Take a step: Make a comprehensive list of your group’s assets of concern.
For every key asset on your spreadsheet, consider the range of climate- or weather-related events or situations that could pose a threat to it. These are climate hazards.
Take a step: List weather- and climate-related hazards that could affect each asset you listed.
Explore your exposure
Determine if any of your assets are exposed to climate hazards.
Assets that could be impacted by weather or climate have some level of “exposure.” Exposure is simply the presence of assets in places where they could be adversely affected.
For each asset-hazard pair in your table, describe the potential damage or consequences you could see if the hazard occurs. Consequences from historical events are also useful as benchmarks. These are the situations you want to avoid; the descriptions can be useful in later steps for gauging the effectiveness (or lack thereof) of any interventions you implement.
Take a step: Describe the potential and/or historical consequences that could result if the hazards you listed occur.
Define the scope of your project
Decide what your group is agreeing to work on.
As stakeholders learn more about climate and consider specific assets that may be threatened, individual visions of your broad goals may diverge. To keep the scope of your effort manageable, continue returning the focus to the group’s shared interests.
With the goal of reaching consensus on the project’s scope, invite all stakeholders to describe their view of the larger group’s problem or opportunity. Based on the input, work to delineate the scope of the problem that your active stakeholders are willing to tackle. Iterate as necessary to define the problem you hope to solve, including acknowledging other problems or issues you agree not to address. In most cases, the more clearly you define the problem, the easier it will be to find a solution to match it.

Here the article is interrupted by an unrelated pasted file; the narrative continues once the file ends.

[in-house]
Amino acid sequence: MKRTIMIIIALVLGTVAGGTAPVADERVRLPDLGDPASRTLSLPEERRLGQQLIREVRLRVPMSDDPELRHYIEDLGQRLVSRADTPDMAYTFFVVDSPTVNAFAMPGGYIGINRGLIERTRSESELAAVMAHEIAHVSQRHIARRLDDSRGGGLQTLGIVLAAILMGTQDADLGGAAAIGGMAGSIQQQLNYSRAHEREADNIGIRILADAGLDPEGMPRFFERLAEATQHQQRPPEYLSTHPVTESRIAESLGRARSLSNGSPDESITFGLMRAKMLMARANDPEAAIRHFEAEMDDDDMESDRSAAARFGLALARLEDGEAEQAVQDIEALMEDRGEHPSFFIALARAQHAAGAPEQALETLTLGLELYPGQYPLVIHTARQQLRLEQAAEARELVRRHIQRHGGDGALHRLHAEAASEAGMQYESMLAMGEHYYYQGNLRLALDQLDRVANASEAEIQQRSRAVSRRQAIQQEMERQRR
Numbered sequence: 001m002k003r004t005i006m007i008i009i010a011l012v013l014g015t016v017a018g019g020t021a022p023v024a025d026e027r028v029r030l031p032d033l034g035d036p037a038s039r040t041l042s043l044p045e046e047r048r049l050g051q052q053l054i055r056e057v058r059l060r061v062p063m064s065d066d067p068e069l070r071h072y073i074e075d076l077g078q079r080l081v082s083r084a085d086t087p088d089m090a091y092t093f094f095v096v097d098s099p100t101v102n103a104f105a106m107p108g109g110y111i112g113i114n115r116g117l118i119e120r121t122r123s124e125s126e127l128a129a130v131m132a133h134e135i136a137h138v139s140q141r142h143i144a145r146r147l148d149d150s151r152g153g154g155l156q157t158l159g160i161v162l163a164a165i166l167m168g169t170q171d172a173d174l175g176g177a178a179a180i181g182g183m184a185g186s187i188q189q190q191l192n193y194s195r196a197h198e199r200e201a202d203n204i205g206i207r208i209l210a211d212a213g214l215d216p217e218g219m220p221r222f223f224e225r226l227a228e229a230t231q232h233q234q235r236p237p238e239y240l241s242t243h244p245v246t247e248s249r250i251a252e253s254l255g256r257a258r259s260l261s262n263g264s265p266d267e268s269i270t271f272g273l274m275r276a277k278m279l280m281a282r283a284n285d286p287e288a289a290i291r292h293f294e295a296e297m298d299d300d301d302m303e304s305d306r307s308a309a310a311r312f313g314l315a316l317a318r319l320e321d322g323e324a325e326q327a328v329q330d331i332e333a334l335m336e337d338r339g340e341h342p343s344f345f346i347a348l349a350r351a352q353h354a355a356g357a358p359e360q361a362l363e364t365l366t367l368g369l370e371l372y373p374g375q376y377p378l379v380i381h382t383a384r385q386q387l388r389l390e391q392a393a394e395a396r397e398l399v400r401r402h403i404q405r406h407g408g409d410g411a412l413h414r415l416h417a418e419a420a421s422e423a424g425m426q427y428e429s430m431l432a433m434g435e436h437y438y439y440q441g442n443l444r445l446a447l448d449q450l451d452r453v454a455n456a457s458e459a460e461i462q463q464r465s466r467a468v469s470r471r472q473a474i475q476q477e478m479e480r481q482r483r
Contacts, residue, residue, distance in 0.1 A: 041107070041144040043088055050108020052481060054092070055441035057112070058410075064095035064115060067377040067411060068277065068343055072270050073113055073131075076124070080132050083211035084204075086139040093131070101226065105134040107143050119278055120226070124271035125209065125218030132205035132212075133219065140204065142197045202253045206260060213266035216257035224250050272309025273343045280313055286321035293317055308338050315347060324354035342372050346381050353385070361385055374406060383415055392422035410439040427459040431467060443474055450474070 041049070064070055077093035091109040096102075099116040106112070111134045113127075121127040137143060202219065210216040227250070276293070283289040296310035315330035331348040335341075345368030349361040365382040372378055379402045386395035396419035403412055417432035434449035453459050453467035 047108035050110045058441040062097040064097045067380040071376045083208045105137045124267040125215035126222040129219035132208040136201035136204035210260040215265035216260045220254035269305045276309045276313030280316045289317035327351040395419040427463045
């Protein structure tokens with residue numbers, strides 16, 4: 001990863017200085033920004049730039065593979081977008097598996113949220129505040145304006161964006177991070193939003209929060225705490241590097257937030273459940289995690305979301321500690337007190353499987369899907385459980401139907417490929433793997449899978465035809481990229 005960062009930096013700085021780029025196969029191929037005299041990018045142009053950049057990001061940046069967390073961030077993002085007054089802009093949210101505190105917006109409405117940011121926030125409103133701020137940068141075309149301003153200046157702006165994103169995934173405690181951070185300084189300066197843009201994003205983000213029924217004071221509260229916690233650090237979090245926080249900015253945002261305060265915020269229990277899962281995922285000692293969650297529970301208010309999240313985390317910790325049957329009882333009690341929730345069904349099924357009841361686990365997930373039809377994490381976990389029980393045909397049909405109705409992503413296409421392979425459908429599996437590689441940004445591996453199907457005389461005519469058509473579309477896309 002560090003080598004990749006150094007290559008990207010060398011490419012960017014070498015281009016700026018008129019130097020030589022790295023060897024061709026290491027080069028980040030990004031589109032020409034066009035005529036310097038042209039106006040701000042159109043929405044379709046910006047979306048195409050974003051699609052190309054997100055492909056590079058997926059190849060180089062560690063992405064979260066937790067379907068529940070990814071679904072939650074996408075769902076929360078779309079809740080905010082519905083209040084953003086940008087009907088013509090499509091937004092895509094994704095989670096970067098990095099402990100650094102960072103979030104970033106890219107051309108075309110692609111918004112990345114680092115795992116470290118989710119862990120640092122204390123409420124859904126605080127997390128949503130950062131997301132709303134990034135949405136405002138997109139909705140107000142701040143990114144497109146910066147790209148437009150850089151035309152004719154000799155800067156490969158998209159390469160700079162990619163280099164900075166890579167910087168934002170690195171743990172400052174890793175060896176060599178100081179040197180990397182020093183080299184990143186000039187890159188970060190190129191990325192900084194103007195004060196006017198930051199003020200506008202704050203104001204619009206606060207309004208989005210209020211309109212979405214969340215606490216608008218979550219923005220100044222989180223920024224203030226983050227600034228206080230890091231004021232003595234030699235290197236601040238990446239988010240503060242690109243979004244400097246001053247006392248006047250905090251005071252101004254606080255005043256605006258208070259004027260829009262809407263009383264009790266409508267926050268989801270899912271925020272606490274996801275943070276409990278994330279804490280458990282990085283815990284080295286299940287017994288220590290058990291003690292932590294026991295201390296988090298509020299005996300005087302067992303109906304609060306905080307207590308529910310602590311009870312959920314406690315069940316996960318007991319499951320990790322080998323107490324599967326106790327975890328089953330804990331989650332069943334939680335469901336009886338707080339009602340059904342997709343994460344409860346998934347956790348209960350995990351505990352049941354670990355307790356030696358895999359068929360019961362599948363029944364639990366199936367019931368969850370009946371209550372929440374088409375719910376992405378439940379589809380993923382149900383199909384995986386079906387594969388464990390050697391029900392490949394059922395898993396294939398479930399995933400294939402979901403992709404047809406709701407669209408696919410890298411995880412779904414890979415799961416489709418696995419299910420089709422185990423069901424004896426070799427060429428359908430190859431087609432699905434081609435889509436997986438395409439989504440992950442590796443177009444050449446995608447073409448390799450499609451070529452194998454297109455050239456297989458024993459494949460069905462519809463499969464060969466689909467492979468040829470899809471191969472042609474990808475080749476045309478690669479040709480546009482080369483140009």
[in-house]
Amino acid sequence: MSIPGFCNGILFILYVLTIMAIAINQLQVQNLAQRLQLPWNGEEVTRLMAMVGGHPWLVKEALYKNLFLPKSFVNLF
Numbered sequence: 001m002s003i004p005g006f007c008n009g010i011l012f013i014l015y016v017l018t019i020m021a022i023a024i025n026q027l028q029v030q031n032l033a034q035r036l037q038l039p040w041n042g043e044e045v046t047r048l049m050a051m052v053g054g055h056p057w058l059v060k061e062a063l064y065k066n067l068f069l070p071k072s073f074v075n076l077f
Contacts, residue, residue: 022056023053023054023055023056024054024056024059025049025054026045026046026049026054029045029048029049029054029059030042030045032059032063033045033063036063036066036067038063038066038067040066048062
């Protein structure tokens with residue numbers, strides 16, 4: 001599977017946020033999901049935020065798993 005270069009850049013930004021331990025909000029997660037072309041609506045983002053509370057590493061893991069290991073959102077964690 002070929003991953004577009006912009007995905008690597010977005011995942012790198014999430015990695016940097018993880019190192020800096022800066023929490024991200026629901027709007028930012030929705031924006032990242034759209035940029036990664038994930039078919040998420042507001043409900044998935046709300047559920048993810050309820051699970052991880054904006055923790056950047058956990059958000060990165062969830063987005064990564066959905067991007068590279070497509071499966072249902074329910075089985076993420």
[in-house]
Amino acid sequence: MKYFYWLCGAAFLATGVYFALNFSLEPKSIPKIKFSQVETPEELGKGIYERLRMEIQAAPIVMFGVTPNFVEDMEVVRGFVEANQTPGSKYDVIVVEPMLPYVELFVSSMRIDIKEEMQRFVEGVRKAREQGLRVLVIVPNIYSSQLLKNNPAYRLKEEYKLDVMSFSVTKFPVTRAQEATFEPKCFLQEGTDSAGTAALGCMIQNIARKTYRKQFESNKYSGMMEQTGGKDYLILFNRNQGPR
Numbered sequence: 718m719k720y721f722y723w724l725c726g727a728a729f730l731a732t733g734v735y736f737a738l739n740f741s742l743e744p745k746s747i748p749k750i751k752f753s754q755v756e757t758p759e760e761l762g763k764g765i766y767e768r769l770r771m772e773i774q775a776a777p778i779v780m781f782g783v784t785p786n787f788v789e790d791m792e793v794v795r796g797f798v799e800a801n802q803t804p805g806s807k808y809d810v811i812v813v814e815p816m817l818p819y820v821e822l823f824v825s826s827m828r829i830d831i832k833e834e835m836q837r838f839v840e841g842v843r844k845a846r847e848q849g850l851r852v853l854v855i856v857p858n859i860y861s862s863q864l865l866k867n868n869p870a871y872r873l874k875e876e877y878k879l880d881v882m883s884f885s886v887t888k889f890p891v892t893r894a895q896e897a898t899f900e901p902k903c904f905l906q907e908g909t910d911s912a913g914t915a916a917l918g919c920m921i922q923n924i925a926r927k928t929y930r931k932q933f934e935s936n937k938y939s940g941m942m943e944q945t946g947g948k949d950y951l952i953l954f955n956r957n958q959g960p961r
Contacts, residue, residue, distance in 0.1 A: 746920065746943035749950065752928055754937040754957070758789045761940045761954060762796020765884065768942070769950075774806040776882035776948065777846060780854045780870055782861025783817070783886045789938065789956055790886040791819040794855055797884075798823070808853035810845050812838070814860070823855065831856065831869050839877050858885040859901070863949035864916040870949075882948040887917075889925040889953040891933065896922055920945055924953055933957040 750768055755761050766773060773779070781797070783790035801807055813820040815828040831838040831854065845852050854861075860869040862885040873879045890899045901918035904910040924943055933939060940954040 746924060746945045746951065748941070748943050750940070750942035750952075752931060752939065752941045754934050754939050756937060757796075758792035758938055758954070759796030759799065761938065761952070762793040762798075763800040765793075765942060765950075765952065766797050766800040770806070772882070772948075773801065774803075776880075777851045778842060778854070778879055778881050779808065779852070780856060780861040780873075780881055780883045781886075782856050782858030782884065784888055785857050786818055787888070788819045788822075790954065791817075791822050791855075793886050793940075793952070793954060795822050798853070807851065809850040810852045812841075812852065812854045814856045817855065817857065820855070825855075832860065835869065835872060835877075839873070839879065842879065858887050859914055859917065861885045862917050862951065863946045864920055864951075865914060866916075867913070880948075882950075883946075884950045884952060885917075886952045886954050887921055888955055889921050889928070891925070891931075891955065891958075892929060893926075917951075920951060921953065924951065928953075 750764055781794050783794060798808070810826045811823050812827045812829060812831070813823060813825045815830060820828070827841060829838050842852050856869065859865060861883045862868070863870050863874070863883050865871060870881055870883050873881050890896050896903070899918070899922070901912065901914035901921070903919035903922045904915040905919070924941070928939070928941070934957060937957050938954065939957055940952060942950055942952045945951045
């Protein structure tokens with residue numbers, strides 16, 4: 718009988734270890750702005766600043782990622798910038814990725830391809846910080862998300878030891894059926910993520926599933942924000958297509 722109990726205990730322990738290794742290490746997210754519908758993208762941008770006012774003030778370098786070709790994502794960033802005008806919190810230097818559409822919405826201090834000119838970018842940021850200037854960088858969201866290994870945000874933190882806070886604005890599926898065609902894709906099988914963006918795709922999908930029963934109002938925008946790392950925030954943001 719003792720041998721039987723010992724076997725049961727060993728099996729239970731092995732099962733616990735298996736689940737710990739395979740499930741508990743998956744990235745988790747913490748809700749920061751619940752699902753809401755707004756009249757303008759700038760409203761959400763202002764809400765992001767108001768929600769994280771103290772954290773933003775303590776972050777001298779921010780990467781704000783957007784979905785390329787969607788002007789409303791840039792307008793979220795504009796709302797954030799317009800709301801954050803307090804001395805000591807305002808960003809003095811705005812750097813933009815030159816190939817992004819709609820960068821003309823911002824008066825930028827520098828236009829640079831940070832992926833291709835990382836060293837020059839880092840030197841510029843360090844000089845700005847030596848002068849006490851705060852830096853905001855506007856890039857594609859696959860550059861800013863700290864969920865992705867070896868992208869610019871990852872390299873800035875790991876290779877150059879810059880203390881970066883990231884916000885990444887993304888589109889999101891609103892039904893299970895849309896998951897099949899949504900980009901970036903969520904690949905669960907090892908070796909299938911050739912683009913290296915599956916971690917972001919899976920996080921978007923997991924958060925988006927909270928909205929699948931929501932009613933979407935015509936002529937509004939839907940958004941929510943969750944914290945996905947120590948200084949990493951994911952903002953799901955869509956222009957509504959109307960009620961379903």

Take a step: Record stakeholders’ comments and develop a clear statement of the problem this group intends to address.
Do weather and climate represent a hazard to assets you value?
If the results of your explorations suggest that assets or resources your group values are threatened by climate and weather, CONTINUE TO STEP 2. If the answer is no, make plans to consider the question again at some point in the future, and develop your answer within the context of any circumstances that have changed.
Instructions on these pages encourage you to gather specific types of information. You may find it convenient to download this prepared spreadsheet and use it to record input as you move through the steps.
Access the Steps to Resilience Glossary for definitions and examples of words related to resilience.